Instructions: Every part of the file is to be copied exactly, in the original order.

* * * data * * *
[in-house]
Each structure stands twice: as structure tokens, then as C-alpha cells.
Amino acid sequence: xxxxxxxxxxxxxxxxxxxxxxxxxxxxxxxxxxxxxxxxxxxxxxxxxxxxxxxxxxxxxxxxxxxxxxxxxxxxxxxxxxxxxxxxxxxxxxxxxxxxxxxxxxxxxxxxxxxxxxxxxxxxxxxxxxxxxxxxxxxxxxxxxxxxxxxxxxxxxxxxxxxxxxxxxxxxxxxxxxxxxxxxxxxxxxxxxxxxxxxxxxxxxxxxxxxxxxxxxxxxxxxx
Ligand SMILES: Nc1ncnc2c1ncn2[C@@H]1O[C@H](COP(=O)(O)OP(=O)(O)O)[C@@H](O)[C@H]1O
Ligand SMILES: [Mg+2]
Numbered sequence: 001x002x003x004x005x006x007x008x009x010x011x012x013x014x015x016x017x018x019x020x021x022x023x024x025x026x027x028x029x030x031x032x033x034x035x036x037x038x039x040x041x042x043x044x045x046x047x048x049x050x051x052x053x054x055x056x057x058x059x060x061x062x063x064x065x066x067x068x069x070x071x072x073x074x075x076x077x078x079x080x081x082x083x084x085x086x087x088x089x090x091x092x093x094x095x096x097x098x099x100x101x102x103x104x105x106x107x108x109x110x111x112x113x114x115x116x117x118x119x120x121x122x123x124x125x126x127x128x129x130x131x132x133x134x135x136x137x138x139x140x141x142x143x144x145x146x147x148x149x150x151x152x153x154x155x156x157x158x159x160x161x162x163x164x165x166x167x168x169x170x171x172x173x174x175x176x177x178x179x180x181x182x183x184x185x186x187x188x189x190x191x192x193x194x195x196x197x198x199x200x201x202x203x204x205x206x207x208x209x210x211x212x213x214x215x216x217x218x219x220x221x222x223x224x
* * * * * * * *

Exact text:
[in-house]
Each structure stands twice: as structure tokens, then as C-alpha cells.
Amino acid sequence: xxxxxxxxxxxxxxxxxxxxxxxxxxxxxxxxxxxxxxxxxxxxxxxxxxxxxxxxxxxxxxxxxxxxxxxxxxxxxxxxxxxxxxxxxxxxxxxxxxxxxxxxxxxxxxxxxxxxxxxxxxxxxxxxxxxxxxxxxxxxxxxxxxxxxxxxxxxxxxxxxxxxxxxxxxxxxxxxxxxxxxxxxxxxxxxxxxxxxxxxxxxxxxxxxxxxxxxxxxxxxxxx
Ligand SMILES: Nc1ncnc2c1ncn2[C@@H]1O[C@H](COP(=O)(O)OP(=O)(O)O)[C@@H](O)[C@H]1O
Ligand SMILES: [Mg+2]
Numbered sequence: 001x002x003x004x005x006x007x008x009x010x011x012x013x014x015x016x017x018x019x020x021x022x023x024x025x026x027x028x029x030x031x032x033x034x035x036x037x038x039x040x041x042x043x044x045x046x047x048x049x050x051x052x053x054x055x056x057x058x059x060x061x062x063x064x065x066x067x068x069x070x071x072x073x074x075x076x077x078x079x080x081x082x083x084x085x086x087x088x089x090x091x092x093x094x095x096x097x098x099x100x101x102x103x104x105x106x107x108x109x110x111x112x113x114x115x116x117x118x119x120x121x122x123x124x125x126x127x128x129x130x131x132x133x134x135x136x137x138x139x140x141x142x143x144x145x146x147x148x149x150x151x152x153x154x155x156x157x158x159x160x161x162x163x164x165x166x167x168x169x170x171x172x173x174x175x176x177x178x179x180x181x182x183x184x185x186x187x188x189x190x191x192x193x194x195x196x197x198x199x200x201x202x203x204x205x206x207x208x209x210x211x212x213x214x215x216x217x218x219x220x221x222x223x224x